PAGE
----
COVID-19 – an unexpected game changer for industry
By Ashley Wilson, Technical Sales (VIC, TAS & ACT)
If 2020 has taught us anything, it’s that the ability to adapt has never been more important. First, bushfires and drought wrought prodigious devastation. If that wasn’t enough of a lesson, the COVID-19 pandemic certainly brought complacency into sharp focus. ‘Pivot’ has been one of 2020’s most used buzzwords, with businesses grappling with lockdowns, shutdowns and fierce restrictions and the economy has obviously taken a battering.
So, what has all this meant for the timber processing industry?
On the back of the bushfires, COVID-19 added a whole new dimension of pain for the industry, so dramatic that the effects will be felt for some time to come. But the timber industry is built on a strong foundation, driven by tough, resilient businesspeople who care passionately about their work, their products, their people and their customers.
At first, there was a lot of uncertainty in the market and the economy, and people were reserved about spending their money, keeping it to bare necessities. As COVID cases rose and a range of fears surfaced, we started to notice that businesses adapted and diversified to stay afloat.
The push to support small business became a groundswell and this, combined with the federal government’s stimulus and income support packages has managed to keep the cogs turning.
COVID’s affect on the health of business
Just as people who contract the virus struggle with basic functioning like breathing and energy levels, COVID has effectively sought to strangle organisations, reducing core business and day-to-day operations to the barest essentials. In my many discussions with customers, I noticed that industry leaders at the helm of these operations were quick to overcome hurdles. By investing in the right equipment earlier, they managed to change process and production lines to enter new markets.
For instance, I witnessed sawmillers diversifying into new product lines and machining shops taking on extra work to support sawmills. Consumers began to favour Australian-made where they previous may have chosen price over quality. Delays on global shipping also contributed to the increased sales of locally produced goods and with the government introducing tax and renovation incentives, the market has rallied.
Stage 4 restrictions in Melbourne and some parts of regional Victoria saw the shutdown of the furniture industry, which sprang back into action at the end of September, with a backlog of work. This has meant increased demand for supply from timber manufacturers.
Consumer time off another positive for the industry
With so many workers stood down and even business owners finding themselves with more time on their hands during various stages of COVID restrictions – particularly in Victoria – home renovations and DIY have soared. People finally had the time to do those odd jobs around the house like build a deck, paint the walls and so on. Many of my customers experienced record sales months, particularly in May, June and July, in line with home hardware stores recording substantial sales increases.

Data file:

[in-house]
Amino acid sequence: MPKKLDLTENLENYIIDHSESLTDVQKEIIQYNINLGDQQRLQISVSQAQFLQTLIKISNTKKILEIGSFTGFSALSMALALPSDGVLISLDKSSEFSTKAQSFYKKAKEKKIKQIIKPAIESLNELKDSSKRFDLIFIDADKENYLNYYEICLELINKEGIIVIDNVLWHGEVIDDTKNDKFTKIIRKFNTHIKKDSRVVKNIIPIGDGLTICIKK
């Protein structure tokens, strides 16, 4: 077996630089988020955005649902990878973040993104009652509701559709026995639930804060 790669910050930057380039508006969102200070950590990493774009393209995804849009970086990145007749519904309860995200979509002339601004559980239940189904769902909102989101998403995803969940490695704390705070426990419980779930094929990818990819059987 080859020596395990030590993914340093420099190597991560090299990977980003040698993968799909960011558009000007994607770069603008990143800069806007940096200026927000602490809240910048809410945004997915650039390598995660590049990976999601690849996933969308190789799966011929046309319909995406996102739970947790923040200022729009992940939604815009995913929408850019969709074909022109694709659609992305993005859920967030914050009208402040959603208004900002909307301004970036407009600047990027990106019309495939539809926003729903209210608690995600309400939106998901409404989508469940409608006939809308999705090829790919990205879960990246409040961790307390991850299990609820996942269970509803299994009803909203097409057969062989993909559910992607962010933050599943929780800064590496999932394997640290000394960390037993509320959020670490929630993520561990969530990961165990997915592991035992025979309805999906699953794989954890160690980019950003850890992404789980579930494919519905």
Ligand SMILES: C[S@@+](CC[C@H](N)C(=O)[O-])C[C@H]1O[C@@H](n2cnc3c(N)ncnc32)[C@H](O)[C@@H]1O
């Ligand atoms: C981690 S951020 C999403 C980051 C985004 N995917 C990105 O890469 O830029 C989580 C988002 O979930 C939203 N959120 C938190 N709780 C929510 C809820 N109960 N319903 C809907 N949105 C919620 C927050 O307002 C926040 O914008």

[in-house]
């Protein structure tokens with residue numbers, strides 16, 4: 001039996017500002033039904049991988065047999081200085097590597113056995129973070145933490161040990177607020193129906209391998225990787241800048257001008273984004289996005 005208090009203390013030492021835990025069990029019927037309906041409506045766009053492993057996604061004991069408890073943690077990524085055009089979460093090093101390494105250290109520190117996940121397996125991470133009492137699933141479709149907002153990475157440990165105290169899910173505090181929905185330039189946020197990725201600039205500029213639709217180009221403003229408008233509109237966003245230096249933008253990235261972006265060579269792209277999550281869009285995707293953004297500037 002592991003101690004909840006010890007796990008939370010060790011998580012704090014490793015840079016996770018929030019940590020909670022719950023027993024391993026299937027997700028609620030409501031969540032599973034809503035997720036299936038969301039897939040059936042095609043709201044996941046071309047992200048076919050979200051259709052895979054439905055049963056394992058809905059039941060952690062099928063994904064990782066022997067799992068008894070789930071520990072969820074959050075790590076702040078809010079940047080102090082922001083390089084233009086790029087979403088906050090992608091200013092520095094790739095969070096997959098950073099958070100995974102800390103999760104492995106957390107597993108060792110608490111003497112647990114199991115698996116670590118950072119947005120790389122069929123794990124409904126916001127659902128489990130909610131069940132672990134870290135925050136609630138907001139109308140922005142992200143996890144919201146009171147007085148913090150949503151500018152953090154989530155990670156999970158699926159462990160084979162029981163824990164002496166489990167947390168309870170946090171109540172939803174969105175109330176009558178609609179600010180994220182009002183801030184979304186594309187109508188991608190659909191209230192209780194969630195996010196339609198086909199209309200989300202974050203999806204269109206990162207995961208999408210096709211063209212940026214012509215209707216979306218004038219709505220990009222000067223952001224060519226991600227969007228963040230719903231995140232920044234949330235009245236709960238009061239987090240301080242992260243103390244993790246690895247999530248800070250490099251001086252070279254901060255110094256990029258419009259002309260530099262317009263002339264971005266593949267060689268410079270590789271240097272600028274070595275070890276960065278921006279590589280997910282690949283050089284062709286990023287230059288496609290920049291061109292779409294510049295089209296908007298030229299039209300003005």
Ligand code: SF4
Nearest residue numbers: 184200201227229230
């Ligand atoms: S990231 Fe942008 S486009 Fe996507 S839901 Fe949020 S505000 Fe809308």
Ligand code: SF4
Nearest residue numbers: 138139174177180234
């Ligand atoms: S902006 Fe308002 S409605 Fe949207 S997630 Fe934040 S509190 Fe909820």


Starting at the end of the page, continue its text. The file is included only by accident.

Also, with the property market facing challenges, homeowners have diverted their time and money towards renovating and adding value. We are now seeing more and more companies working together to support each other, rather than competing, and this is what’s sustaining the manufacturing and spending cycle.
What lies ahead for the timber industry?
The renewed realisation around the critical importance of adaptability and diversification looks good for the future of forestry and timber processing and manufacturing, but there are still challenges. There’s still the underlying issue of fibre supply and as an industry, we need to focus on what we can do to sustain this. I hope consumers will continue to support local, which will rebuild the economy. I truly believe that if we all focus on the incredible positives we’ve gained over the last year or so, we’ll all get through much stronger than ever before.
There’s never been a more important time for companies to put such a high level of trust in their suppliers, to maintain their daily running needs and costs. Reliability of and trust in the equipment and service are paramount, particularly in times when people and resources are so limited.
I, myself, felt the harsh reality of the state’s strict lockdown. Working from my home office and feeling so isolated (like everyone else), I pretty quickly realised that I had to switch my focus from the things I couldn’t do, to the things I could do. I did whatever was necessary to adapt, and helped my customers adapt as well. I focused on the industry instead of the pandemic.
We are now in October and the change I’ve noticed not just in myself but in the industry has been hugely rewarding. We now appreciate the small milestones we achieve, as people and as an industry and we are more focused on opportunities than ever before.